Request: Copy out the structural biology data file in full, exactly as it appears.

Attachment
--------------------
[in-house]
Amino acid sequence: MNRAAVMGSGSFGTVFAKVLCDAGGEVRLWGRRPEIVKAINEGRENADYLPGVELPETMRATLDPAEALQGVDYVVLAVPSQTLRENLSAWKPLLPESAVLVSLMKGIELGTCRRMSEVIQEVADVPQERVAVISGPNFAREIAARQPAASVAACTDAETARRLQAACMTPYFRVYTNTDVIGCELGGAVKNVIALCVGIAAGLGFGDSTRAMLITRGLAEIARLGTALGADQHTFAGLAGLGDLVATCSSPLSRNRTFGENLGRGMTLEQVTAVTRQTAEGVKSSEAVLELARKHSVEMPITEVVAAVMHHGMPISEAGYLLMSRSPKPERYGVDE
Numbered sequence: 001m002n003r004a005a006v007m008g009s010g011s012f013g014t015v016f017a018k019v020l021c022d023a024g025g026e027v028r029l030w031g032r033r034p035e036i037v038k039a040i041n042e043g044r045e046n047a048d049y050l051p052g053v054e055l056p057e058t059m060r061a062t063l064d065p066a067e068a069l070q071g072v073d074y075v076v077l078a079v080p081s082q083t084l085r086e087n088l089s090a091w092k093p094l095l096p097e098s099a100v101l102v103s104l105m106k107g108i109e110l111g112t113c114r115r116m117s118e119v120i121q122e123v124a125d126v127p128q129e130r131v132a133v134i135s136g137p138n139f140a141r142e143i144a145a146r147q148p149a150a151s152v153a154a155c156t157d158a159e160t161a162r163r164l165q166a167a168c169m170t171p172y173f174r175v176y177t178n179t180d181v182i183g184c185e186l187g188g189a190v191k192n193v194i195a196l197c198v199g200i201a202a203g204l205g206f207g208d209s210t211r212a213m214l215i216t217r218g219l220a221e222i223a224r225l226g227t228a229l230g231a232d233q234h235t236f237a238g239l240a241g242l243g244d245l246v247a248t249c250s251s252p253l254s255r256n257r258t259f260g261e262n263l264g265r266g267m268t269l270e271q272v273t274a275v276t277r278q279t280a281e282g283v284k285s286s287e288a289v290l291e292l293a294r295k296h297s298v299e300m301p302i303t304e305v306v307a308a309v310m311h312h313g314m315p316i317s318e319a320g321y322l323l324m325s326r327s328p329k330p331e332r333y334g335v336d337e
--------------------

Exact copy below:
[in-house]
Amino acid sequence: MNRAAVMGSGSFGTVFAKVLCDAGGEVRLWGRRPEIVKAINEGRENADYLPGVELPETMRATLDPAEALQGVDYVVLAVPSQTLRENLSAWKPLLPESAVLVSLMKGIELGTCRRMSEVIQEVADVPQERVAVISGPNFAREIAARQPAASVAACTDAETARRLQAACMTPYFRVYTNTDVIGCELGGAVKNVIALCVGIAAGLGFGDSTRAMLITRGLAEIARLGTALGADQHTFAGLAGLGDLVATCSSPLSRNRTFGENLGRGMTLEQVTAVTRQTAEGVKSSEAVLELARKHSVEMPITEVVAAVMHHGMPISEAGYLLMSRSPKPERYGVDE
Numbered sequence: 001m002n003r004a005a006v007m008g009s010g011s012f013g014t015v016f017a018k019v020l021c022d023a024g025g026e027v028r029l030w031g032r033r034p035e036i037v038k039a040i041n042e043g044r045e046n047a048d049y050l051p052g053v054e055l056p057e058t059m060r061a062t063l064d065p066a067e068a069l070q071g072v073d074y075v076v077l078a079v080p081s082q083t084l085r086e087n088l089s090a091w092k093p094l095l096p097e098s099a100v101l102v103s104l105m106k107g108i109e110l111g112t113c114r115r116m117s118e119v120i121q122e123v124a125d126v127p128q129e130r131v132a133v134i135s136g137p138n139f140a141r142e143i144a145a146r147q148p149a150a151s152v153a154a155c156t157d158a159e160t161a162r163r164l165q166a167a168c169m170t171p172y173f174r175v176y177t178n179t180d181v182i183g184c185e186l187g188g189a190v191k192n193v194i195a196l197c198v199g200i201a202a203g204l205g206f207g208d209s210t211r212a213m214l215i216t217r218g219l220a221e222i223a224r225l226g227t228a229l230g231a232d233q234h235t236f237a238g239l240a241g242l243g244d245l246v247a248t249c250s251s252p253l254s255r256n257r258t259f260g261e262n263l264g265r266g267m268t269l270e271q272v273t274a275v276t277r278q279t280a281e282g283v284k285s286s287e288a289v290l291e292l293a294r295k296h297s298v299e300m301p302i303t304e305v306v307a308a309v310m311h312h313g314m315p316i317s318e319a320g321y322l323l324m325s326r327s328p329k330p331e332r333y334g335v336d337e